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What Happens When Progressive Insurance Refuses to Pay an Accident Claim?

You pay your Progressive insurance premiums every month on time sometimes, you even send them in a little early. You’re abiding by the terms and conditions of your auto insurance policy and expect the same from the company. However, when it comes to paying out a claim, Progressive has less than a five-star reputation. In fact, pursuing bad faith claims against Progressive Insurance is becoming more common.

If you’re struggling to get Progressive insurance to settle your accident claim, you’re not alone. Thankfully, there are some steps you can take to help move the claims process along in your favor.

What Is a Bad Faith Insurance Claim?

The definition of a bad faith insurance claim is pretty easy to understand. You believe you’re in good standing with the insurance company. This means you pay your premiums on time and don’t try to submit fraudulent or frivolous claims. You stick to the requirements of your policy, believing that if an accident occurs, your damages are covered.

A bad faith claim occurs when the insurance company doesn’t fairly process your claim. The insurance company may also engage in inappropriate actions in an attempt to slow down the approval process or deny your claim. The insurance company may also only offer lowball settlement amounts far below the actual value of your claim. Some examples of a bad faith insurance claim include:

  • Delaying the investigation
  • Refusing the claim
  • Refusing to compensate the claim
  • Misrepresenting the claim
  • Failure to investigate certain pieces of evidence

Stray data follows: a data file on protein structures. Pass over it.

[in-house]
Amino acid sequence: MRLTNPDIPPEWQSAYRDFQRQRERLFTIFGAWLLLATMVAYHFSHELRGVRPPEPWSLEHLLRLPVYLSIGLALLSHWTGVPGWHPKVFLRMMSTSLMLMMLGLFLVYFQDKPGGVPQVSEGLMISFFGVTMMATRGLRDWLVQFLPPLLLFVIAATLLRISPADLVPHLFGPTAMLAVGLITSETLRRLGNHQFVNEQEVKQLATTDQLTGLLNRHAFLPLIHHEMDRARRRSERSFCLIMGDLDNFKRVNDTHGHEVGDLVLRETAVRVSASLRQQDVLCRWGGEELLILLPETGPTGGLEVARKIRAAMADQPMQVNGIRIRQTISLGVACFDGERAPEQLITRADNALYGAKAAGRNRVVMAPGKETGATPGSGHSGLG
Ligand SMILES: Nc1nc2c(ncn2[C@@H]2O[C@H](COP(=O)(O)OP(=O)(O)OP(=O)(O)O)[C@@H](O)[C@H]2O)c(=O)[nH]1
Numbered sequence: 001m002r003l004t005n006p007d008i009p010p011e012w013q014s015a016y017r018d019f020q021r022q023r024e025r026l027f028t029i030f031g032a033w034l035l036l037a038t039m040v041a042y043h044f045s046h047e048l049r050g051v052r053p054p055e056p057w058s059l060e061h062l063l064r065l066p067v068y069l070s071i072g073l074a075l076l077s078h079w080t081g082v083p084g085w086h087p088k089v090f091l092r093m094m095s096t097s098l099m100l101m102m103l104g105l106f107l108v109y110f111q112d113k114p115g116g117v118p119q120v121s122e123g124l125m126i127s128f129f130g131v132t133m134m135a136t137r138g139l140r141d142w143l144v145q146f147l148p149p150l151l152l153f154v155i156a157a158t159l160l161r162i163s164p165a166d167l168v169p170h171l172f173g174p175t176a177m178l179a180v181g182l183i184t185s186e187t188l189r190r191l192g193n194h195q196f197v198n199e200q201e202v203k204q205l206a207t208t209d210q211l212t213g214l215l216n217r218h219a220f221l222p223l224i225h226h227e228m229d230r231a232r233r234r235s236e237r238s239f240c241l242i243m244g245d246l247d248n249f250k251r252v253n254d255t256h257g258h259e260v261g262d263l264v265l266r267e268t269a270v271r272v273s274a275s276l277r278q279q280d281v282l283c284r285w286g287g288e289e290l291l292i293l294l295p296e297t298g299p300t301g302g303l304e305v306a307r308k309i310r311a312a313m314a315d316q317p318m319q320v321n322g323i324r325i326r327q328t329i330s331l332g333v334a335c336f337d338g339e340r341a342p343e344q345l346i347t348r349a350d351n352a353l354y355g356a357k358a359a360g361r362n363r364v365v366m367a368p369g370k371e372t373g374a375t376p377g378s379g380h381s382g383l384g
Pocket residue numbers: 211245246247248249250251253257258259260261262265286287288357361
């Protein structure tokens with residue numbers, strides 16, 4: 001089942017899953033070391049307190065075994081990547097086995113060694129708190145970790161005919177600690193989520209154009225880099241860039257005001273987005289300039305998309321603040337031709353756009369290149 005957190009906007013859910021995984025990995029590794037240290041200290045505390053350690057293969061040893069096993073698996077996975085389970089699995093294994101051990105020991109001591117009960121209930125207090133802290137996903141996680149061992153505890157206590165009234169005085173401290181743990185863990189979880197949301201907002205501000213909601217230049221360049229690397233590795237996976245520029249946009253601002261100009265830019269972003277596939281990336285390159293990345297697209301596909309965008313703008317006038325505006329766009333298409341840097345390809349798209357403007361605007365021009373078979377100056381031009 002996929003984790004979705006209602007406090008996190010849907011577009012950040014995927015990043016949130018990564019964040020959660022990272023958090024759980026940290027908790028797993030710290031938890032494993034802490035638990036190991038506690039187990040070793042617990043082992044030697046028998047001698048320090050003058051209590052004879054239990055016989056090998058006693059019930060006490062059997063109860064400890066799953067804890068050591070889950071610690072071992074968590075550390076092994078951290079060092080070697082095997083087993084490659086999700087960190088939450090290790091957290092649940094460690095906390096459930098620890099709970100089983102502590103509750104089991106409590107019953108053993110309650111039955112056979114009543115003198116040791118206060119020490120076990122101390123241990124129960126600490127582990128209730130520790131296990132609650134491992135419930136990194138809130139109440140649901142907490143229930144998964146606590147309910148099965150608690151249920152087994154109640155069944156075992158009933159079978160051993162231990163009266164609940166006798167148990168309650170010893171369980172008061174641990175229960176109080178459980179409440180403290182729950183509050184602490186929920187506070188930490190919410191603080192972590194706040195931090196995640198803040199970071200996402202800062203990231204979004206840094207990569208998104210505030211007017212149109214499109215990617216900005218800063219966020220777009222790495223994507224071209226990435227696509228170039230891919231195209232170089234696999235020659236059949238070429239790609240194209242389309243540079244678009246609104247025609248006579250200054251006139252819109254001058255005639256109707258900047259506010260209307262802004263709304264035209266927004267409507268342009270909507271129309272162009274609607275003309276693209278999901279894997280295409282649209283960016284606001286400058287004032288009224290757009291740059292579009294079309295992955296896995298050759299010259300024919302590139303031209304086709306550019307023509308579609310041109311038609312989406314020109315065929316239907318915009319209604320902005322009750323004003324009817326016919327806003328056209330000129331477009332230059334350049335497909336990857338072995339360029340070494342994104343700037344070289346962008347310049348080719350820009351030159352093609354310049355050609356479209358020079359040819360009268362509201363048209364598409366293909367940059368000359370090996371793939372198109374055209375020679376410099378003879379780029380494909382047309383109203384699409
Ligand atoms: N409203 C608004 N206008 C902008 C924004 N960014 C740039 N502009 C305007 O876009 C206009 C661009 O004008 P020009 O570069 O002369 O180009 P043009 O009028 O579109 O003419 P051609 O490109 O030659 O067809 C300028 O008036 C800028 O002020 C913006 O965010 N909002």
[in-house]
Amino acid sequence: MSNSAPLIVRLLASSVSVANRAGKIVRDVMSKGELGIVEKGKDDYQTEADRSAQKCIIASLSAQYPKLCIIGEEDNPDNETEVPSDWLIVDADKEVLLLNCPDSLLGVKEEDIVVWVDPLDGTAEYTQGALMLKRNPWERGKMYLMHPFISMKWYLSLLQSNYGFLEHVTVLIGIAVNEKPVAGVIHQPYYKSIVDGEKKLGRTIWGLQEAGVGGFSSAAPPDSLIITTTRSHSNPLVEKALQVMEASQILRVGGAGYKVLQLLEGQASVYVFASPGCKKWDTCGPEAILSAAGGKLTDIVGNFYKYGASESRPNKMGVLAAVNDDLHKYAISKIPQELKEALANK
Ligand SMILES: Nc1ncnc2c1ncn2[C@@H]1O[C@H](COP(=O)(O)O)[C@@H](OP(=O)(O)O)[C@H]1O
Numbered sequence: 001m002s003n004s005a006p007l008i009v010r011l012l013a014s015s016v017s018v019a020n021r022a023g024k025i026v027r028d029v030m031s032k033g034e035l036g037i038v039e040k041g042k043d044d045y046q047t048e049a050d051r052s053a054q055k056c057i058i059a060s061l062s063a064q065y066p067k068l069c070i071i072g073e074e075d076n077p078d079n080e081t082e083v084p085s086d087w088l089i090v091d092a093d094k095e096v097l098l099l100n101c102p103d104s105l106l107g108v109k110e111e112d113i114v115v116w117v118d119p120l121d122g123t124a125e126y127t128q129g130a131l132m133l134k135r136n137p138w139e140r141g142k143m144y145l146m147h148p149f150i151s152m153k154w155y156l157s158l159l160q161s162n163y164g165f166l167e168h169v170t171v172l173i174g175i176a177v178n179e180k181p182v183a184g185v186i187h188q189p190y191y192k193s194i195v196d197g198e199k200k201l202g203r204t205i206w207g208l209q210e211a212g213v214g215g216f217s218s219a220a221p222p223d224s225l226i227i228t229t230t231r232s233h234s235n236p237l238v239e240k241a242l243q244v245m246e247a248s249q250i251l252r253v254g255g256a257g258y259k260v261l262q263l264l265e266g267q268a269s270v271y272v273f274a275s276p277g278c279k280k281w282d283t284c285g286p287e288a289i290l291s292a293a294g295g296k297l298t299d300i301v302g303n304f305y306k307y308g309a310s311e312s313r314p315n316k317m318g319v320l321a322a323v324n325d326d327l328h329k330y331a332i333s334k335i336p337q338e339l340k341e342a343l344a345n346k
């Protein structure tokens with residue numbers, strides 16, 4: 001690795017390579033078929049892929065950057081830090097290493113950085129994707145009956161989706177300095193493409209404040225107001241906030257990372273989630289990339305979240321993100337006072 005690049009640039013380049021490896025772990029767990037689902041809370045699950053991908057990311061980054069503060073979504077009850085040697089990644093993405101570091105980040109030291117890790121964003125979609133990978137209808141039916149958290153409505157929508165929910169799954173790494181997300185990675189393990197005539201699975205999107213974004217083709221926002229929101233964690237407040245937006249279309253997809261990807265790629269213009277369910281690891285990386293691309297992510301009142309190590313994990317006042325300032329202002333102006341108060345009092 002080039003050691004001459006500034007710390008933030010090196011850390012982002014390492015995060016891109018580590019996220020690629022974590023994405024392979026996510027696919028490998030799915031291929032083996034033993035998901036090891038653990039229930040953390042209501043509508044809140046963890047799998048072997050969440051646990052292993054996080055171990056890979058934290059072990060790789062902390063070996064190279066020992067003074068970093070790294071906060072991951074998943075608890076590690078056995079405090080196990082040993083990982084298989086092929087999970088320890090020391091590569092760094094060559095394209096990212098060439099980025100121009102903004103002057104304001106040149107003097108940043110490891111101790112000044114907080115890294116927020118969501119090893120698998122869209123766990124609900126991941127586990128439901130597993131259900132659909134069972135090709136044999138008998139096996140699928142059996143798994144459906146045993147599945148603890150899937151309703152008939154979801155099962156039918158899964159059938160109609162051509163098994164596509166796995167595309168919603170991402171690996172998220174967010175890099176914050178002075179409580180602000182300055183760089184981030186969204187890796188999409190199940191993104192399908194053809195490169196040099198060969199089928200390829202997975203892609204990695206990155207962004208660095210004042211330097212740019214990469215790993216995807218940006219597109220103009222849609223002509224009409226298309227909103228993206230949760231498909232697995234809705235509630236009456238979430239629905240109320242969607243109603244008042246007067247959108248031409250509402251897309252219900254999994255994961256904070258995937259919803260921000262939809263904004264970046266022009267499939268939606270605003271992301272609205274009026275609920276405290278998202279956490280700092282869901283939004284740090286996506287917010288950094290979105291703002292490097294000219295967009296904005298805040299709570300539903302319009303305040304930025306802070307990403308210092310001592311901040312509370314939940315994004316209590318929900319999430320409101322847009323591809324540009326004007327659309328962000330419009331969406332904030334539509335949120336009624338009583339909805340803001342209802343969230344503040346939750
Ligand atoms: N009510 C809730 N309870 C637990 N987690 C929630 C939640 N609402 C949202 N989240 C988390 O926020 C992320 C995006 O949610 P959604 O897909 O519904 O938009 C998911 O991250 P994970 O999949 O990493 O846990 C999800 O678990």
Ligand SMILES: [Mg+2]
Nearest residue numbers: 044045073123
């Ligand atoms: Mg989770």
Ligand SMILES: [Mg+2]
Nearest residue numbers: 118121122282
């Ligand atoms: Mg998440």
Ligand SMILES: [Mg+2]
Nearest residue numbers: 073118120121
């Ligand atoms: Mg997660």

• Improperly characterizing your insurance policy
  • Offering a very low settlement offer

Proving a Bad Faith Claim Against Progressive or Other Insurance Companies

If you believe you’re the victim of a bad faith insurance claim, the burden of proof is on you. This means you must prove the insurance company isn’t properly handling your claim. Why do you want to prove an insurance company like Progressive is behaving in bad faith when it comes to your claim? This is a necessary process if you want to receive compensation for your damages.

However, you must prove the insurance company isn’t just making an error, and don’t forget the adage to err is human. Insurance adjusters can make mistakes, and this isn’t a crime. Instead, you must prove the insurance company knowingly and/or willfully is acting unreasonably or engaging in egregious behavior by denying your claim. To illustrate this, here’s an example of Progressive acting unreasonably.

Progressive Insurance refused to pay out a claim; the reason behind the denial is the insurance company stated the injured party wasn’t insured at the time of the accident. The defendant provided proof of valid insurance and Progressive still denied his claim on the grounds of being uninsured. 

Since the insurance company refused to thoroughly investigate certain pieces of evidence and improperly characterized the status of the insurance policy, the claimant was awarded both compensatory and punitive damages.

Obviously, proving you’re insured at the time of an accident is relatively easy, but it can be more difficult to substantiate other types of bad faith claims. Regardless of how simple or complex your bad faith insurance claim is, it’s always best to work with an experienced attorney. They have the necessary resources to prove more complex claims.